Next Century Cities Monthly Newsletter
April 2020
At a time when the coronavirus (COVID-19) maintains a stranglehold on our communities and shared resources, it would be easier for us to pull back on our efforts and wait for more certainty or a reality closer to the normal that we remember. But I see this as a moment for us to do our best work.
We are reaching out to policymakers, asking them to respond to calls for help from local officials nationwide. We are working to ensure that lawmakers know about the hard work and imagination that is fueling connectivity solutions for their constituents while highlighting unserved and underserved areas that are still in desperate need of support. And we are locking arms with allies and members of the press who push us to ask hard questions as they help us elevate the importance of digital infrastructure .
As you will see below, we have had a busy month. We have an all-star team that stays in relentless pursuit of our goal to connect every resident in every community. Thank you for being an integral part of our work.
Gratefully yours,


“Lessons from the Epicenter of the Coronavirus Pandemic: How the Digital Divide Has Become a Public Health Issue For Cities and Its Residents.” Oscar Lopez, Next Century Cities’ (NCC) Policy Fellow, wrote about the effect that coronavirus (COVID-19) has on the nation’s disconnected populations in an op-ed published on NCC’s website. Using New York City as a case study for what happens when municipalities do not have adequate broadband access, Lopez’s piece highlights the role that internet access plays in providing U.S. residents with real-time public health updates and how inability to access information online could have dire consequences. 
Next Century Cities files comments explaining how Lifeline supports local connectivity goals. NCC filed comments on behalf of our members and the American Library Association explaining why the FCC’s reclassification of broadband services under Title I could impact the stability of Lifeline. The filing also describes why the program eases the load for local officials who are working to ensure that low-income residents can get online. It includes statements from NCC members in New York and Michigan, two states hard-hit by the coronavirus pandemic. 

NCC joins allies in advocating for populations that continue to struggle with connectivity. NCC joined Broadband Connects America Coalition allies in an April 7th letter to the House and Senate Commerce and Energy Committees Chairs. The letter emphasizes that Americans who struggled with broadband access and affordability before the COVID-19 crisis will continue to face similar challenges long after it passes.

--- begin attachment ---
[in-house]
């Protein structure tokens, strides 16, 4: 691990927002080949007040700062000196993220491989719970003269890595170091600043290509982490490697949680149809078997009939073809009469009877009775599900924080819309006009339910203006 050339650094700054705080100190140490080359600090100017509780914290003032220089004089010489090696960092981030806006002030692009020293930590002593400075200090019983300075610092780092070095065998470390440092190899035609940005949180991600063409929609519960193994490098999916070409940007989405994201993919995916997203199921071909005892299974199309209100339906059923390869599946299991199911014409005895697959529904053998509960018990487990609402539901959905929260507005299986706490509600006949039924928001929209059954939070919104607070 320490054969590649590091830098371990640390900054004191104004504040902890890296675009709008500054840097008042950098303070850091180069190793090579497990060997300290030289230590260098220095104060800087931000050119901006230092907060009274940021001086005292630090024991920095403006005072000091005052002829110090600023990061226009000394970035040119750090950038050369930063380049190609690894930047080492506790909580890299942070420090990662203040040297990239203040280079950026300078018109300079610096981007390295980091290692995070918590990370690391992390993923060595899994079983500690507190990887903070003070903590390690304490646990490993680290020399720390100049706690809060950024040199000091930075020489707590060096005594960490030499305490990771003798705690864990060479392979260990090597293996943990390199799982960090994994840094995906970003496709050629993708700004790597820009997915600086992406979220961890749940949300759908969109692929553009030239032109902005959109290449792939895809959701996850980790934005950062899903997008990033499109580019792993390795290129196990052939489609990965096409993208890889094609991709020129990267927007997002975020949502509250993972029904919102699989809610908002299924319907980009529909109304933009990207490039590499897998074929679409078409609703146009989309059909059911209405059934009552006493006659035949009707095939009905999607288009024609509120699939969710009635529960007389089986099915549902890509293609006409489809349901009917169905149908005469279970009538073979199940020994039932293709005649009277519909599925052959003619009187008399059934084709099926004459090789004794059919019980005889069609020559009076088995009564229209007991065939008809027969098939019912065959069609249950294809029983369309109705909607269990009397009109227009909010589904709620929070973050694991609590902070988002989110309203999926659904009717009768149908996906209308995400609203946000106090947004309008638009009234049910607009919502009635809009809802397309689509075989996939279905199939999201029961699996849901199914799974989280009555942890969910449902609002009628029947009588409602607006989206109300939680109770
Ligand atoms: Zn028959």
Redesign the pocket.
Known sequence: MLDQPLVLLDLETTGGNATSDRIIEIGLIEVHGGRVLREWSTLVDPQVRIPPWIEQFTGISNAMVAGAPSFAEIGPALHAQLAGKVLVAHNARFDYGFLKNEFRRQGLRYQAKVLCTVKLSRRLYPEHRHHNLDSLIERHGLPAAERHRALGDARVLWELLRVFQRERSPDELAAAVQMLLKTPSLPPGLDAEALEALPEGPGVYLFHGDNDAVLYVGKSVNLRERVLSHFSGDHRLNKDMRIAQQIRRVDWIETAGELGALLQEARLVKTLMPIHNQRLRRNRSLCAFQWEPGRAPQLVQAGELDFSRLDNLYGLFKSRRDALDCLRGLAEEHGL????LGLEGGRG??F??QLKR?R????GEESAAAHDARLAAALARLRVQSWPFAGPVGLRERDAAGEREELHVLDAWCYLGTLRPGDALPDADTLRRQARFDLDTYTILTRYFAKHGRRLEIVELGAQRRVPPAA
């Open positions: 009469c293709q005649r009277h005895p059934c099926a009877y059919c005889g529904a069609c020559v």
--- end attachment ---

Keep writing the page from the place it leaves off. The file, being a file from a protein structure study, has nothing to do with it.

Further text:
Nationwide broadband deployment strategies require collaboration with local officials. On April 3rd, NCC sent a letter to the Federal Communications Commission (FCC), urging collaborations with local officials to connect Americans who are still unable to get online. This undertaking will require efforts to expand existing broadband networks in addition to installing new network infrastructure. Read a summary of our follow-up meetings with the Office of Chairman Ajit Pai here and the Office of Commissioner Geoffrey Starks here .

In April, Next Century Cities welcomed our newest member, Rochester, New York !

Rochester, NY: The city of Rochester signs master license agreement with Greenlight Networks . The City of Rochester reached an agreement with Greenlight Networks. During the announcement Mayor Lovely Warren expressed hope that the partnership with Greenlight would bring internet connection to the city’s underserved communities. The licensing agreement would allow Greenlight to expand its fiber optic network within the city and provide additional options for approximately 230,000 households over the next three years. The city council must sign off on the city’s agreement before the agreement goes into effect. 

Austin, TX: Education technology provider Kajeet funds Wi-Fi busses for the Austin Independent School District . Through a generous grant from Kajeet, an education technology provider, the Austin Independent School District was able to deploy 110 school busses equipped with Wi-Fi technology to sites around the City of Austin. Each bus has Wi-Fi capabilities that provide connectivity for a 300 foot radius. Students are able to connect to the Wi-Fi networks by using their district-issued laptops. Kajeet’s grant has provided AISD with the opportunity to deploy more than one hundred busses, and using the grant, the district has plans to equip upwards of 400 or more busses with Wi-Fi capabilities in the near future.